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The Brief Wondrous Life Of Oscar Wao

September 27, 2015

BriefWondrousLifeOscarWaoIn the wake of the great late 19th/early 20th century wave of mass migrations to the United States (and with the internal Great Migration underway) came the Jazz Age of the 1920s, 30s and 40s with brilliant, pulsating, energetic, subversive developments by a new generation of young artists working in popular music, theater, film and fiction who reshaped and redefined what it means to be an American.

Having just finished Junot Diaz’ electrifying 2007 novel, The Brief Wondrous Life Of Oscar Wao, I won’t be surprised if future generations look back at today’s young musicians, actors, playwrights, directors and writers and see a similar redefinition of Americanness in their art and artistry.

And, just as the Jazz Age owed much to the mass migrations from southern and eastern Europe that took place before the 1924 Johnson-Reed Act slammed the door shut to “undesirables”, today’s cultural ferment owes much to the reopening of those doors by Hart-Celler Act of 1965.

The Brief Wondrous Life Of Oscar Wao is exhilaratingly Dominican and American, telling the DeLeon family’s story over four generations in ways that wouldn’t have been possible had Oscar’s mother not immigrated to Paterson, New Jersey where her son Oscar grew up as a painfully shy, obese nerd…at a time when nerdiness (e.g., obsessions with Dungeons & Dragons, comic books (both Marvel and DC), the works of J. R. R. Tolkien and Frank Herbert, goth music, makeup and clothes) not only wasn’t “cool”, it was a cue for mockery and torment from one’s peers.  And if that was true for American adolescent society in general in the 1980s and 90s, it was doubly, triply true in the machismo-drenched, working-class Dominican neighborhoods of greater New York.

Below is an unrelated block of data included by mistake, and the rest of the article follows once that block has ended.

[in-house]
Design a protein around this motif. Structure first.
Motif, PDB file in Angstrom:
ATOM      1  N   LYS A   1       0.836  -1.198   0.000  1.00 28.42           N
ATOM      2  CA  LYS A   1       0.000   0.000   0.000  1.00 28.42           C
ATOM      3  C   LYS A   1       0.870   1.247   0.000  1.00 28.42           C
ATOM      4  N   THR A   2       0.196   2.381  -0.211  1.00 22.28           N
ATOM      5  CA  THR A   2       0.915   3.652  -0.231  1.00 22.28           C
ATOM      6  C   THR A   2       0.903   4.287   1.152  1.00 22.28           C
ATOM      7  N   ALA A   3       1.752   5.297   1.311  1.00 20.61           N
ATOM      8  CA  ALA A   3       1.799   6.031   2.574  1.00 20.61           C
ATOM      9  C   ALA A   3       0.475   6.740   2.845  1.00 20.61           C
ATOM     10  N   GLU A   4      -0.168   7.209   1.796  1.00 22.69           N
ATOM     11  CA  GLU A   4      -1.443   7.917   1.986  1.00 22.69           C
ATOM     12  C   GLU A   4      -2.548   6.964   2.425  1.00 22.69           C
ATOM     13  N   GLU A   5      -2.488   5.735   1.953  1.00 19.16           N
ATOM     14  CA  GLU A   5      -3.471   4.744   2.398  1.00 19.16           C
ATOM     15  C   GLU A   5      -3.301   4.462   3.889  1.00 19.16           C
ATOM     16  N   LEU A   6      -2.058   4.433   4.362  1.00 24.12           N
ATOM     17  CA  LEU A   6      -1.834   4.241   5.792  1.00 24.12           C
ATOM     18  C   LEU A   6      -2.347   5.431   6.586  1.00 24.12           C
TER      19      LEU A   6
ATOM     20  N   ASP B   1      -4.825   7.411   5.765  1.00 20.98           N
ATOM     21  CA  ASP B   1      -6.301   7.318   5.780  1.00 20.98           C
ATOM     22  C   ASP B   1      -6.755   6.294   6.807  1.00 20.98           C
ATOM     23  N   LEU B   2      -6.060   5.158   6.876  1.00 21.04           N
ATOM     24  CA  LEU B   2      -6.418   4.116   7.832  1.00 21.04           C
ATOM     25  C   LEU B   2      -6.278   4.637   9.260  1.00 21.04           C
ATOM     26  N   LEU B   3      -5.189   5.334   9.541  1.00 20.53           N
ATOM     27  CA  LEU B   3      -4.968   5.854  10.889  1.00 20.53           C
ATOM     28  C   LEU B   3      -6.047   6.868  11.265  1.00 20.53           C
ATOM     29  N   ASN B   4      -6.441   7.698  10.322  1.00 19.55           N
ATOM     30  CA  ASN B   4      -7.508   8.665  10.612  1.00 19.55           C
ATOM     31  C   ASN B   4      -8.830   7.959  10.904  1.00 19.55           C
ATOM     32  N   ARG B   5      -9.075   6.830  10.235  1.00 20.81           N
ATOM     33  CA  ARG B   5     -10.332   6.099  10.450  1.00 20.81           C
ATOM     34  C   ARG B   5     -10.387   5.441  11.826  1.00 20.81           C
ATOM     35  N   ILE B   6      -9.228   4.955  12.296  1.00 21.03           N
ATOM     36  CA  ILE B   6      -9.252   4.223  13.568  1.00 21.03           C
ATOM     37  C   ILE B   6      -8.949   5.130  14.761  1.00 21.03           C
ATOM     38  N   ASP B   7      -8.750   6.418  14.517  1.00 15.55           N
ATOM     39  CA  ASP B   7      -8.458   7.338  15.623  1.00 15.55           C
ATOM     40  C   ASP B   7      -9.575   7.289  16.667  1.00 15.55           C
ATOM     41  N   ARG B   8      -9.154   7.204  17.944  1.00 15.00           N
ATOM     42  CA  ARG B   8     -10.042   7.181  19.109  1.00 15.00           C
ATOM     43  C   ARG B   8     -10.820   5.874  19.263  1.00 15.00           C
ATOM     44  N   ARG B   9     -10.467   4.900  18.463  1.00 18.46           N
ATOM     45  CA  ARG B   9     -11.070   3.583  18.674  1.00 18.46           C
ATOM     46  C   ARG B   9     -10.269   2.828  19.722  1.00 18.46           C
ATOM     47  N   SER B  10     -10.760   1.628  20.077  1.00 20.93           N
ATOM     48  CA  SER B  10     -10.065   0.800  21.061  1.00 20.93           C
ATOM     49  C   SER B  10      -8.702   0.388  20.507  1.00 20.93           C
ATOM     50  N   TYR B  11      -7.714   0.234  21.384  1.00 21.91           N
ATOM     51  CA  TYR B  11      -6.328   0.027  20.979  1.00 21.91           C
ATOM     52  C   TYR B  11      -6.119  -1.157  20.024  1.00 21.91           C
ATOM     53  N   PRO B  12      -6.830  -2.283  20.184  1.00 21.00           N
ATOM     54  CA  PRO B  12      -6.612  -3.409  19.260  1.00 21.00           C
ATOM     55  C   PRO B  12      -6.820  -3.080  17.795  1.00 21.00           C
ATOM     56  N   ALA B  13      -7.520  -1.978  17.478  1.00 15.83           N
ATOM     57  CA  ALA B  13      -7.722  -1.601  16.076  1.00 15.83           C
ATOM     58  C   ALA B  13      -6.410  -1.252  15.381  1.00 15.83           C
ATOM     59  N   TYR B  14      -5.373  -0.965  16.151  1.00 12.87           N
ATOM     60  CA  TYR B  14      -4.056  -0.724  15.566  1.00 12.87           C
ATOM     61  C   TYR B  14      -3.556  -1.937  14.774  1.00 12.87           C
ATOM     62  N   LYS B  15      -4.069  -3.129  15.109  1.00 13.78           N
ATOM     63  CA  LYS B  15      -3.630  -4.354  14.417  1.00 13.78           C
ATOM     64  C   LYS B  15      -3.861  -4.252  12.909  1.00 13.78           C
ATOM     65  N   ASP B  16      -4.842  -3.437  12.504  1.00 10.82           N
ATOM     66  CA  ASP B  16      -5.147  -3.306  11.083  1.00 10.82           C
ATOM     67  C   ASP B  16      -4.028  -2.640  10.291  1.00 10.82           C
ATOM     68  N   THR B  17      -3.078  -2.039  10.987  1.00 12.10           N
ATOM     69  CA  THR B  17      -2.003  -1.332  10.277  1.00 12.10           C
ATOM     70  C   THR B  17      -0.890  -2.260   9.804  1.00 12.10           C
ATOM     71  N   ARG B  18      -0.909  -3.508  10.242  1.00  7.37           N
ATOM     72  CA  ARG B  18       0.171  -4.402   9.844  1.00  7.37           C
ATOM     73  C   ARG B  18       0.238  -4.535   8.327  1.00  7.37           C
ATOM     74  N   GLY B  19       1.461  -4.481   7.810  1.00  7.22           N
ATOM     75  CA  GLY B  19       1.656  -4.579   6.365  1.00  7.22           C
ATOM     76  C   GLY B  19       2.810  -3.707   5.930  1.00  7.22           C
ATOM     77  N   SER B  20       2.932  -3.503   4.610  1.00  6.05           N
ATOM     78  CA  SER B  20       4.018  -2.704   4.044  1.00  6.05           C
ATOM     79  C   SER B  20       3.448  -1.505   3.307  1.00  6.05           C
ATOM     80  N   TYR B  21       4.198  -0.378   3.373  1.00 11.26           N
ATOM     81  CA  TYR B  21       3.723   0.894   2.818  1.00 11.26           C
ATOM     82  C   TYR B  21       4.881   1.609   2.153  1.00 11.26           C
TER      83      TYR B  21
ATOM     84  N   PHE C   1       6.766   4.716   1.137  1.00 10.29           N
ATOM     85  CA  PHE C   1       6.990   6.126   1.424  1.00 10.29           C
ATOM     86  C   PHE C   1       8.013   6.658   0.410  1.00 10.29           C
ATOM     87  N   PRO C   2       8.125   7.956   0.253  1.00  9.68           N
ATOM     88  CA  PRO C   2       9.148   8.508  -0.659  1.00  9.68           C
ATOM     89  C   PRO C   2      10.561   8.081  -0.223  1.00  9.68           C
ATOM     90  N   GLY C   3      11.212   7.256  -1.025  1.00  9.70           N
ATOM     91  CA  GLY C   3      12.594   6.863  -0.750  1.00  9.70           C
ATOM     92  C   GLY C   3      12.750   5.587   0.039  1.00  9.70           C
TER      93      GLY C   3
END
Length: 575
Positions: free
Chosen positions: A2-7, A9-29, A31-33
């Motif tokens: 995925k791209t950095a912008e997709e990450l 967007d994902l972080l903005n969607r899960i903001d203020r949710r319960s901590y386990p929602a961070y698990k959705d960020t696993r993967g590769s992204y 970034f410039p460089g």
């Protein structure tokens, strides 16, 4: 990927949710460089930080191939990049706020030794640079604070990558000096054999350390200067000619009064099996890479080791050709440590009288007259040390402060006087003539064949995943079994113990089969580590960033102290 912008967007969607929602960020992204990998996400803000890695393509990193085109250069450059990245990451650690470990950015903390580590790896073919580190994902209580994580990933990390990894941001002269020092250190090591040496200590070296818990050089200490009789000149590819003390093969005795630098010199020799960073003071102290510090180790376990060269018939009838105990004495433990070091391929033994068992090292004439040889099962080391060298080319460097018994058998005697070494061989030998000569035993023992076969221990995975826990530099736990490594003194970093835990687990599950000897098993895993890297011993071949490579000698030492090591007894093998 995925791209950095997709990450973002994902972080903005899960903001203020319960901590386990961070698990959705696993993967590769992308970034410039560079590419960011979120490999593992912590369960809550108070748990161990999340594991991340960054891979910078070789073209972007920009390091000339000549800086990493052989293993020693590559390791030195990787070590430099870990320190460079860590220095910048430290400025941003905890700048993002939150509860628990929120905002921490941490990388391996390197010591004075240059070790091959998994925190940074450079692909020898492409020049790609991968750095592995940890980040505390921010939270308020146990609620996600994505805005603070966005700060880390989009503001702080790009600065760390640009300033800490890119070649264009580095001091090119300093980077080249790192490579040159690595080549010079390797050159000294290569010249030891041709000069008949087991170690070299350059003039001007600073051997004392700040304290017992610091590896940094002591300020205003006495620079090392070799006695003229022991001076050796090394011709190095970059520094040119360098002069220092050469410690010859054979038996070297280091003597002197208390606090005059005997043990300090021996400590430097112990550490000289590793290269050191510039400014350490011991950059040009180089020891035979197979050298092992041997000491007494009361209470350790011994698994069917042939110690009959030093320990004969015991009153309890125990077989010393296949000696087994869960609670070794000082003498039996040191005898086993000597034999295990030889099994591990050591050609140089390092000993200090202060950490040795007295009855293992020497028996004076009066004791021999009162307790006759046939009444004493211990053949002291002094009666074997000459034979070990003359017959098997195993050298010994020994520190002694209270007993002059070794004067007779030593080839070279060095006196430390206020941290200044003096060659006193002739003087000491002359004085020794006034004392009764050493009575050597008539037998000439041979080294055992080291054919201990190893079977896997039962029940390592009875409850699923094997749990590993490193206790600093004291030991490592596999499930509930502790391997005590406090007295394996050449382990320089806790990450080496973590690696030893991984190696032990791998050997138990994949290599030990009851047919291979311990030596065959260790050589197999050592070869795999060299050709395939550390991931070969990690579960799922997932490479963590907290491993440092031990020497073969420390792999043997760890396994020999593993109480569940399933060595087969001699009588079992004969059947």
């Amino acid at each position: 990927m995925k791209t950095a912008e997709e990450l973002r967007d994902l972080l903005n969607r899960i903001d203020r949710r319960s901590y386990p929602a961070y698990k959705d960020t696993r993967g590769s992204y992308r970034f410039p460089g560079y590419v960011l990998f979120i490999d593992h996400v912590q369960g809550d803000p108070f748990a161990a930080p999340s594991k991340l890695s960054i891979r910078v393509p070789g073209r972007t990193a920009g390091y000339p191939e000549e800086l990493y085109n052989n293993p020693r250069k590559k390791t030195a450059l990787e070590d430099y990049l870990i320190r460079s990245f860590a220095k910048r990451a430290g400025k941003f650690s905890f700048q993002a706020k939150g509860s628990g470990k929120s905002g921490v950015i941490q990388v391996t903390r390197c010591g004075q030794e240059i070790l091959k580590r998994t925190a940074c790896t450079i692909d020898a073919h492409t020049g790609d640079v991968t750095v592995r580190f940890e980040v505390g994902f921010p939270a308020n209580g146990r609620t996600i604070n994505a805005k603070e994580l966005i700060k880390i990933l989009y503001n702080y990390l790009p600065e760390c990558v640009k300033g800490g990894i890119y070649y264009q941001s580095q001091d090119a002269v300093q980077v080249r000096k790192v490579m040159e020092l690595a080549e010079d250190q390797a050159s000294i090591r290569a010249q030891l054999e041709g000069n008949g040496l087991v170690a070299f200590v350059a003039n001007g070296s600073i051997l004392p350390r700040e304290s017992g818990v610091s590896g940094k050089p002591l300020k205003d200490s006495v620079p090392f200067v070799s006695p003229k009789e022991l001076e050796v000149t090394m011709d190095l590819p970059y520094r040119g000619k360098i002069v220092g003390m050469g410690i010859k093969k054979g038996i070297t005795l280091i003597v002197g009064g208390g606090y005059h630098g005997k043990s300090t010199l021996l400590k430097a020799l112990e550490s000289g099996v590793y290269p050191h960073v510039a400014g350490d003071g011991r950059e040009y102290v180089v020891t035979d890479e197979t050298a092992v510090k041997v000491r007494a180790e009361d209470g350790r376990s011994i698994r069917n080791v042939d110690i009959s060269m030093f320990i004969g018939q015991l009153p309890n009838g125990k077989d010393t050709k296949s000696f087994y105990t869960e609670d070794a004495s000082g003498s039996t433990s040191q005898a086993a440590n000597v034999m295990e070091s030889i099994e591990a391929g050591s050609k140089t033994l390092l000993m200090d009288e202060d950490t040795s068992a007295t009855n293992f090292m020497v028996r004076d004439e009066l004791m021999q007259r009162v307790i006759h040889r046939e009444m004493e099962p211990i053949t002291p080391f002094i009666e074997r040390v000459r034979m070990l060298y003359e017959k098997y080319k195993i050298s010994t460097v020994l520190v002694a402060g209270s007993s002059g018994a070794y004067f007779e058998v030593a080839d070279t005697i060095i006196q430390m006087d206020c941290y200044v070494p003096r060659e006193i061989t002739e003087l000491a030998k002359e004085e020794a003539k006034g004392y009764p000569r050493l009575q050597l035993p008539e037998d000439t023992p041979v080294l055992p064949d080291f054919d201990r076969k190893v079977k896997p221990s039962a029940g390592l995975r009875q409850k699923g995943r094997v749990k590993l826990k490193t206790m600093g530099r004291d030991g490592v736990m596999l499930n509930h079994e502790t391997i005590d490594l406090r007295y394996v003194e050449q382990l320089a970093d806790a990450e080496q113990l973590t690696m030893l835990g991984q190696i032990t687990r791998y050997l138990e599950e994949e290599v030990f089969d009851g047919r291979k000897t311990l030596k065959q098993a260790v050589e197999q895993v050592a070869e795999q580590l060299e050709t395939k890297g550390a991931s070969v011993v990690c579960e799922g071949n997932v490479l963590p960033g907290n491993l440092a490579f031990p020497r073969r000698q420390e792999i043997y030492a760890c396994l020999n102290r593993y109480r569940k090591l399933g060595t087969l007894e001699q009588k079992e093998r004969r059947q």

Diaz tells the story of Oscar’s long, haunted, tormented life…and of his brief, wondrous life, and in doing so tells the story of the Dominican Republic throughout La Era de Trujillo and its bloody, painful aftermath.  It’s a story that can’t be told—or understood—without talking about the behemoth to the North, and the immigrant’s always uneasy and contested relationship with his/her new home.  Diaz tells that story too, alternating among several voices (Oscar, his sister Lola, Lola’s boyfriend Yunior) and generations (Oscar’s mother Beli, her father Abelard, Abelard’s cousin La Inca).

The Brief Wondrous Life Of Oscar Wao is full of code-switching—from Dominican to American, from sci-fi to machismo, from the streets to the university, from dictatorship to democracy, from poverty to affluence—and of the precariousness that accompanies a life (any life) that necessitates so much code-switching.  It’s a story in which, as Diaz cites more than once, a terrible beauty is born.

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